Mark your calendars – the Lowline is going public! After a great gallery exhibition and tons of international support, the Lowline founders are launching a public exhibition to showcase their innovative technological approach to creating the world’s first underground park on the Lower East Side of New York City. The full scale exhibition will take place in the Essex Market Building D, an abandoned warehouse just above the proposed Lowline Park, from September 15-27.
More after the break.
As we have reported earlier, obviously, the major challenge of an underground park is bringing the sunlight, fresh air and feeling of openness to an isolated section of rail tracks. Yet, James Ramsey, Co-Founder of the Lowline and owner of Raad Studio, has embraced such a challenge and is excited to share the team’s innovative solar technology. As part of the vision, “remote skylights” would concentrate natural sunlight at street level, and then channel it underground, generating enough light to support photosynthesis.
The core of the “Imagining the Lowline” exhibit will feature the installation of a solar collector, a canopy distributor, and a small-scale green park to help the community envision the technology and its stunning aesthetic elements.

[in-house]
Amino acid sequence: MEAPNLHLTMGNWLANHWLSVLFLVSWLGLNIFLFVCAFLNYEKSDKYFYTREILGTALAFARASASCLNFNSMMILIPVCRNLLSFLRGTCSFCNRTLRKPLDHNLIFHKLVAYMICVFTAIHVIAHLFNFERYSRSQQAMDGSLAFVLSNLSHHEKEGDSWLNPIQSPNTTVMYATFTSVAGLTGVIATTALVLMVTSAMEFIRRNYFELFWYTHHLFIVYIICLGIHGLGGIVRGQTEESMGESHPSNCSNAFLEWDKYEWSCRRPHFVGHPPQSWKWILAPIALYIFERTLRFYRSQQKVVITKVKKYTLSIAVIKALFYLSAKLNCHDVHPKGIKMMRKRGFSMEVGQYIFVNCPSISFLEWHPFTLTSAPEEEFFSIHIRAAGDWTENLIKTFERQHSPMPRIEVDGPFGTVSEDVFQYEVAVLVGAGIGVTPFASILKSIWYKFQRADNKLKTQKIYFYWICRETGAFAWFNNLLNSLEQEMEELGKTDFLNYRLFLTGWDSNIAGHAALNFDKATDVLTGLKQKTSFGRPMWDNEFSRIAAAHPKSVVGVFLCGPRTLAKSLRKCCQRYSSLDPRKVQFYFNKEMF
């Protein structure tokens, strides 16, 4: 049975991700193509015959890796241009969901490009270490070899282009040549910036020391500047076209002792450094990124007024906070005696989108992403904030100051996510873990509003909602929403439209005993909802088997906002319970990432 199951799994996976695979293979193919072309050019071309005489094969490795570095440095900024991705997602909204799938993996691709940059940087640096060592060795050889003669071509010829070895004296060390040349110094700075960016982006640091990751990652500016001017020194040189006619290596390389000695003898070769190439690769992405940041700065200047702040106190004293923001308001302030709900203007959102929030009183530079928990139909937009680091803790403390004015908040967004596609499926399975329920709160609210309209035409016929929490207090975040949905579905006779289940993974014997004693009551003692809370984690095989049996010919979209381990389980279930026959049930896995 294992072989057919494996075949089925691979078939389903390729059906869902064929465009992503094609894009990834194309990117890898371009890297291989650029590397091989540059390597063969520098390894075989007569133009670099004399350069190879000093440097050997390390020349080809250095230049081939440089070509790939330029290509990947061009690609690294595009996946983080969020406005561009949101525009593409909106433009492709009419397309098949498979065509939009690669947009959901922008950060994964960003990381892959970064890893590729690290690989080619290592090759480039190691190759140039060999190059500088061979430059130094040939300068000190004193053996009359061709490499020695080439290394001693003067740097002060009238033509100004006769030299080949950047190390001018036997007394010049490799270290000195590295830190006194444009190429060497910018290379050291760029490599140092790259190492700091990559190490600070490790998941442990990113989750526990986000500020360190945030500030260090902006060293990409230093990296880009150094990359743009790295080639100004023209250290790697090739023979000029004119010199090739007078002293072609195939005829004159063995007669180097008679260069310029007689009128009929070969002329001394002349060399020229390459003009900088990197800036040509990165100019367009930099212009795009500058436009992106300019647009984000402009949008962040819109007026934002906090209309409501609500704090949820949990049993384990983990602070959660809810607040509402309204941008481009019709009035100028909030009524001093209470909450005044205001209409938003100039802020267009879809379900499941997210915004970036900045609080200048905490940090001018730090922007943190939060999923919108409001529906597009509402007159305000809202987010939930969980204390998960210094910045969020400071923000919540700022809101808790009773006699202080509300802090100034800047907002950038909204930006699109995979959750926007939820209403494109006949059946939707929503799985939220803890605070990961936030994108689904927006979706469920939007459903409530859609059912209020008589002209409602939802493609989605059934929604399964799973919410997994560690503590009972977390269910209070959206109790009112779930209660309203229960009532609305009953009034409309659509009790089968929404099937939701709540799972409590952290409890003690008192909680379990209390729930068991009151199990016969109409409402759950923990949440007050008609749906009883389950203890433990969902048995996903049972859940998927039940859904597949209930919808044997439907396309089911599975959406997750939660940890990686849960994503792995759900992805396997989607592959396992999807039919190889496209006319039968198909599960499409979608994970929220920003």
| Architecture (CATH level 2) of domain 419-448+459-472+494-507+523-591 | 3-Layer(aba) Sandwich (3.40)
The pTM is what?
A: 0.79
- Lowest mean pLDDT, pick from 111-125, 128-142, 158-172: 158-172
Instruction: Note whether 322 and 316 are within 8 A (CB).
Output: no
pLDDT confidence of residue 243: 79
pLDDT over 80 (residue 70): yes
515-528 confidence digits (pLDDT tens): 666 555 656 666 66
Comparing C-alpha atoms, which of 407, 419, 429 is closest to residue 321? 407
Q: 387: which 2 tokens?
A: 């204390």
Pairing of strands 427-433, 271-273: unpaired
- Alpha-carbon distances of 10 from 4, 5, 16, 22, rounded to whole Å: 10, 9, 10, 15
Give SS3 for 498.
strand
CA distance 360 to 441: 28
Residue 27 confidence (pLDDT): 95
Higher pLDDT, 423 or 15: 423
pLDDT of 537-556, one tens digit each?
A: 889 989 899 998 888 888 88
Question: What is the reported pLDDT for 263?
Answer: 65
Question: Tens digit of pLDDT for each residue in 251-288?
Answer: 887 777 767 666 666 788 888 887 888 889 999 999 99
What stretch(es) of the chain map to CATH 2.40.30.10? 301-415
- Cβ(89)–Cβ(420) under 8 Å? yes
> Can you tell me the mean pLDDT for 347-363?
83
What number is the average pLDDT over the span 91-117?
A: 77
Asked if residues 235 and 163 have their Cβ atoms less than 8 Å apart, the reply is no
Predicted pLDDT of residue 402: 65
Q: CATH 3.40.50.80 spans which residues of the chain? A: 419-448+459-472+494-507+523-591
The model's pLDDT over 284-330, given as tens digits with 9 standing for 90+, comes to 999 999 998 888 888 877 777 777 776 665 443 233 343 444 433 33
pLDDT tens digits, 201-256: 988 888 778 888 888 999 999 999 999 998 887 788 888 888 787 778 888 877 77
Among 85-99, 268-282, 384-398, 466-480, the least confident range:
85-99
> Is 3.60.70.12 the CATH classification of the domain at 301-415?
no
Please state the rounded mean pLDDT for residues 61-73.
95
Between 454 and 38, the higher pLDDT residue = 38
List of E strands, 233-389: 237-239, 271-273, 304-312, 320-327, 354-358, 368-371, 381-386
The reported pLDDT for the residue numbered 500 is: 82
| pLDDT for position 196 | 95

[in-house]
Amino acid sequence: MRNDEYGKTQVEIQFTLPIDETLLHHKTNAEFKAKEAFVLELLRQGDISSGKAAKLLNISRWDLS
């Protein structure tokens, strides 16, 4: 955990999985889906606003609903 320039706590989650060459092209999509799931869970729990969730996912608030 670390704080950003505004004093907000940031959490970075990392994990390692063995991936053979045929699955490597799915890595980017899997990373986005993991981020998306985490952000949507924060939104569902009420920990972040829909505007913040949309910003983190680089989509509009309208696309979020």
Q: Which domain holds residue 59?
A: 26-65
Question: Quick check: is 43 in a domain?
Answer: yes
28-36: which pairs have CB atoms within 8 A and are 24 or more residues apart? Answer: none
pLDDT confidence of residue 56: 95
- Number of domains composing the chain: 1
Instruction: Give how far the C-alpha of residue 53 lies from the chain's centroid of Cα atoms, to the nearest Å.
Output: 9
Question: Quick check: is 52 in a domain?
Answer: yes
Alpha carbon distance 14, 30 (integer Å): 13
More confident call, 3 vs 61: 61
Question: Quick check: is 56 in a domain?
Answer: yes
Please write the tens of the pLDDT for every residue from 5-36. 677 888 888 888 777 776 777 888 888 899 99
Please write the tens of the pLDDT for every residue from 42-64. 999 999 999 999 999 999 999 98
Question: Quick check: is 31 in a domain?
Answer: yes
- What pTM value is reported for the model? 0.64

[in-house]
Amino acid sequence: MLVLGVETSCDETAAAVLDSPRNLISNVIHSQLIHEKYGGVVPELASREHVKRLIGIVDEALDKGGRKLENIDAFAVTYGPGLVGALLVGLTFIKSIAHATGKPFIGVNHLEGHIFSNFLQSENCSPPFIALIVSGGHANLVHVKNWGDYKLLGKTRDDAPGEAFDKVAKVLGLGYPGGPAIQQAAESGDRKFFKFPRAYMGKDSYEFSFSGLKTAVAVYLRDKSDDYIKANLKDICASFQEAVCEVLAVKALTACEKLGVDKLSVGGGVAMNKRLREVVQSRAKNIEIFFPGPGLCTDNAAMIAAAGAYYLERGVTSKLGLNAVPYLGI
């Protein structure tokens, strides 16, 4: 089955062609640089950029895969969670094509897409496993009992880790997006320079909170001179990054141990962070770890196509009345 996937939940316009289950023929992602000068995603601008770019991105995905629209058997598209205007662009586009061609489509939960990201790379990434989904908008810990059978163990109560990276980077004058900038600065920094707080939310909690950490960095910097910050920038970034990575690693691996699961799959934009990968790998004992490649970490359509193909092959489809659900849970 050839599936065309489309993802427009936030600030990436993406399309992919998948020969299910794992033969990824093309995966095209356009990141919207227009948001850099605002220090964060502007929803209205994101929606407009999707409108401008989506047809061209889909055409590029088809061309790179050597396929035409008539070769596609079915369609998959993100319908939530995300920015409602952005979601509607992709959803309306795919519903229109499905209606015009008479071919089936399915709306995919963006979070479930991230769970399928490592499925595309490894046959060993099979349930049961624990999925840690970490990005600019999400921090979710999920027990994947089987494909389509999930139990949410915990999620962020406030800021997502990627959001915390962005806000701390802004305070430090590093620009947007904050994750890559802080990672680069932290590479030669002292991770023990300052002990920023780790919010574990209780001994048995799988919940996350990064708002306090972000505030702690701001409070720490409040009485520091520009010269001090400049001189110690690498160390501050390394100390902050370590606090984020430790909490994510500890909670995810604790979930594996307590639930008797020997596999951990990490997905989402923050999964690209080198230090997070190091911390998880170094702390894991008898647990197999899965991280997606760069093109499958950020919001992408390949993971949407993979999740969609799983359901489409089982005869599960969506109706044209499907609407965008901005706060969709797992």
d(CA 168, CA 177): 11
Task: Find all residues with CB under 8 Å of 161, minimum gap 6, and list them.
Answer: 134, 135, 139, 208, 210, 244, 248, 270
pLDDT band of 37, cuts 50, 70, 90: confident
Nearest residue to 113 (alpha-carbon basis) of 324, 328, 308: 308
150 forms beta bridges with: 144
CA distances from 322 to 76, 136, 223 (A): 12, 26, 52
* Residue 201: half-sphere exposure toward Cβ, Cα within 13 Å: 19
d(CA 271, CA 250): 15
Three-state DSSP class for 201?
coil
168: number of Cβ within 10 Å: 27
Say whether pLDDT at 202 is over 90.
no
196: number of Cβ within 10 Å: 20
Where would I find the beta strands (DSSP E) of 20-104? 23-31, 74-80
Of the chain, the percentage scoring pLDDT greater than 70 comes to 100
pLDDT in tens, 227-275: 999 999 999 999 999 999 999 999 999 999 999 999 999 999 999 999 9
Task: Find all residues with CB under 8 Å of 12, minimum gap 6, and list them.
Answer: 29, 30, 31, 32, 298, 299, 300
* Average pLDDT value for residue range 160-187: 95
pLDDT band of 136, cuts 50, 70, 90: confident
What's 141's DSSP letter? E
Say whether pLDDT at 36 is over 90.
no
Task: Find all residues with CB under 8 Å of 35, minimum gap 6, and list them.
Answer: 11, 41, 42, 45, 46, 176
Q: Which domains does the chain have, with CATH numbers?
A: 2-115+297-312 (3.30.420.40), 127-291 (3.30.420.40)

Not a believer? Well, stop in at the exhibit (you might just happen to see the ArchDaily team there) to engage in discussion regarding the park’s concept, technology and future uses. “Imagining the Lowline provides an opportunity to see first-hand how solar technology can bring sunlight underground,” says James Ramsey, Co-Founder of the Lowline and owner of Raad Studio.
In addition to displaying the solar technology, the exhibition will showcase innovative research proposals on mobility for a new kind of public space in New York City with special attention on the potential of transportation systems and underground spaces. Nine student proposals from Columbia University Graduate School of Architecture, Planning and Preservation will be presented along with a 50-foot-long suspended model of Manhattanʼs subway grid that contextualizes the Lowline within the cityʼs huge inventory of underground spaces.